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What is the Statue of Liberty?

Mary McMahon
By
Updated: May 17, 2024
References

The Statue of Liberty is a massive statue located on an island near New York City in the United States. It is perhaps one of the most universally recognized symbols of the United States, and numerous replicas of the famous statue can also be found all over the world. People who are interested in visiting the Statue of Liberty can take a ferry to the 12 acre island that it is located on, although they may have to endure security screenings, due to concerns about terrorist threats to the statue.

Lady Liberty, as she is sometimes called, is more technically known as La liberté éclairant le monde, or “Liberty enlightening the world.” She was a gift from the French people to the United States in 1886, as a symbol of the friendship forged between the two nations during the American war for independence. The construction of the Statue of Liberty was actually a collective process, as the French built the statue and the Americans built the base. Despite sometimes tense relations between the two countries, the Statue of Liberty is an enduring symbol of the value of friendship.

Dedication for the Statue of Liberty took place on 28 October, 1886, and the site was made a National Monument in 1924. In 1965, President Lyndon Johnson added neighboring Ellis Island, which was turned into a museum of immigration and American history. The statue is built from 31 tons of copper and 125 tons of steel; it was designed by Frederic-August Bartholdi and engineered by Alexandre-Gustave Eiffel, the designer of the Eiffel Tower in Paris.

Many people are familiar with the design of the Statue of Liberty. The statue has a very classical look, as she wears Roman robes and she has very classical features. In one hand, she carries an uplifted torch to symbolize enlightenment, and in the other, she holds a tablet of law, engraved with the date of American independence in Roman numerals. The Statue of Liberty also wears a crown, with seven spikes symbolizing the seven seas and continents, and 25 windows in her crown which are meant to evoke the heaven's rays shining over the world.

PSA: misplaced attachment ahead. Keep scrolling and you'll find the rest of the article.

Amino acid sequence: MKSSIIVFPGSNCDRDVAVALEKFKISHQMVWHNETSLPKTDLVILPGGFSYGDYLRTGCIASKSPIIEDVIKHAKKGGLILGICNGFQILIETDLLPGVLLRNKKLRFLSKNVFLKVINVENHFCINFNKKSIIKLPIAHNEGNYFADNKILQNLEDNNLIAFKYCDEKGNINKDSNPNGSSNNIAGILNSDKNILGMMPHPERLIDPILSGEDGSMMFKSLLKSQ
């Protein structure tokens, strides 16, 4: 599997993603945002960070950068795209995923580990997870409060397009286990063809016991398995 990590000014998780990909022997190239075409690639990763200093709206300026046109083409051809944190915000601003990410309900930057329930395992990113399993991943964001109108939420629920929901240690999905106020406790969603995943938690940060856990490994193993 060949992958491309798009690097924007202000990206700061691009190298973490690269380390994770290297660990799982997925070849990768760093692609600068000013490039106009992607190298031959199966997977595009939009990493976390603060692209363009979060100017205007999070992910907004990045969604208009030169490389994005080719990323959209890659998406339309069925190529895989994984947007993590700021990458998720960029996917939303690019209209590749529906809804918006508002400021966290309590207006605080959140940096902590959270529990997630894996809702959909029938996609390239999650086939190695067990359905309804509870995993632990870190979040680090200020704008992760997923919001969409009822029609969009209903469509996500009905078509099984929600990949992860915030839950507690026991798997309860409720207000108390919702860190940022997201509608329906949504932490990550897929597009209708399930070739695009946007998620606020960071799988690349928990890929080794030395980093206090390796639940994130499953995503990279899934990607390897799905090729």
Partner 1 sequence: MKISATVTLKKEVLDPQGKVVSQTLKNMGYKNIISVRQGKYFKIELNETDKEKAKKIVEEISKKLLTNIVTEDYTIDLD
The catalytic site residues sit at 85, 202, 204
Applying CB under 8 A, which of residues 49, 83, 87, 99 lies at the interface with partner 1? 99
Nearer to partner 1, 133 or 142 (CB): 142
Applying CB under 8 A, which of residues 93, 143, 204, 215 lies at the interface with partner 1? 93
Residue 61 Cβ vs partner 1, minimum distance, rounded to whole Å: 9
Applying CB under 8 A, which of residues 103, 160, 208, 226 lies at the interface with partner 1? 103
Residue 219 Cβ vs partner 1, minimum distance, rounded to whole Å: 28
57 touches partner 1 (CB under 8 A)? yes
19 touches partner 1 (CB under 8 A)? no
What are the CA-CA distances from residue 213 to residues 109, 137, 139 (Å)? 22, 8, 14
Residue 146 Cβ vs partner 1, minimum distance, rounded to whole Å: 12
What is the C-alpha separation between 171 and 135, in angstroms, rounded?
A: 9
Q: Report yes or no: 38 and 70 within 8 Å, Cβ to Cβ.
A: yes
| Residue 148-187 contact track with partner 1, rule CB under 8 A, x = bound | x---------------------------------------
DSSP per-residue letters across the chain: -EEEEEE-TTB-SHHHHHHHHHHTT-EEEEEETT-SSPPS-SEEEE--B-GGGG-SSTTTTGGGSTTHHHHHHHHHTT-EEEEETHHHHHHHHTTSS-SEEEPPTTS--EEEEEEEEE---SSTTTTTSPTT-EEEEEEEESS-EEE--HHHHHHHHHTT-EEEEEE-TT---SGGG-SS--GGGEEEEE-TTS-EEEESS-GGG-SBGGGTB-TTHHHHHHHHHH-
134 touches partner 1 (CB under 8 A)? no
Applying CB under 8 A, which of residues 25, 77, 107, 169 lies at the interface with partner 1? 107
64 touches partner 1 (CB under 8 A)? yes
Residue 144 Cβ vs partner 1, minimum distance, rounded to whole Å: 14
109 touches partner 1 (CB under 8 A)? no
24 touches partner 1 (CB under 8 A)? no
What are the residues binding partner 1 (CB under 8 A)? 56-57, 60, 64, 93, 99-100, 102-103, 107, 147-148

At the base of the Statue of Liberty, a pile of chains symbolizes freedom from oppression. The statue stands an impressive 305 feet (92) meters from the ground to the top of her torch, which is covered in gold leaf and illuminated at night. The original torch was replaced in 1986 for the statue's centennial, and it can be found in the lobby, along with other interesting material related to the Statue of Liberty.

America Explained is dedicated to providing accurate and trustworthy information. We carefully select reputable sources and employ a rigorous fact-checking process to maintain the highest standards. To learn more about our commitment to accuracy, read our editorial process.
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Mary McMahon
By Mary McMahon

Ever since she began contributing to the site several years ago, Mary has embraced the exciting challenge of being a America Explained researcher and writer. Mary has a liberal arts degree from Goddard College and spends her free time reading, cooking, and exploring the great outdoors.

Discussion Comments
By Ruggercat68 — On Feb 12, 2014

The article left out one interesting fact about the statue's origins. The sculptor originally envisioned a modern "Colossus at Rhodes" installation at the northern entrance to the Suez Canal. The torch-bearing arm was already complete, but those plans fell through.

Mary McMahon
Mary McMahon

Ever since she began contributing to the site several years ago, Mary has embraced the exciting challenge of being a...

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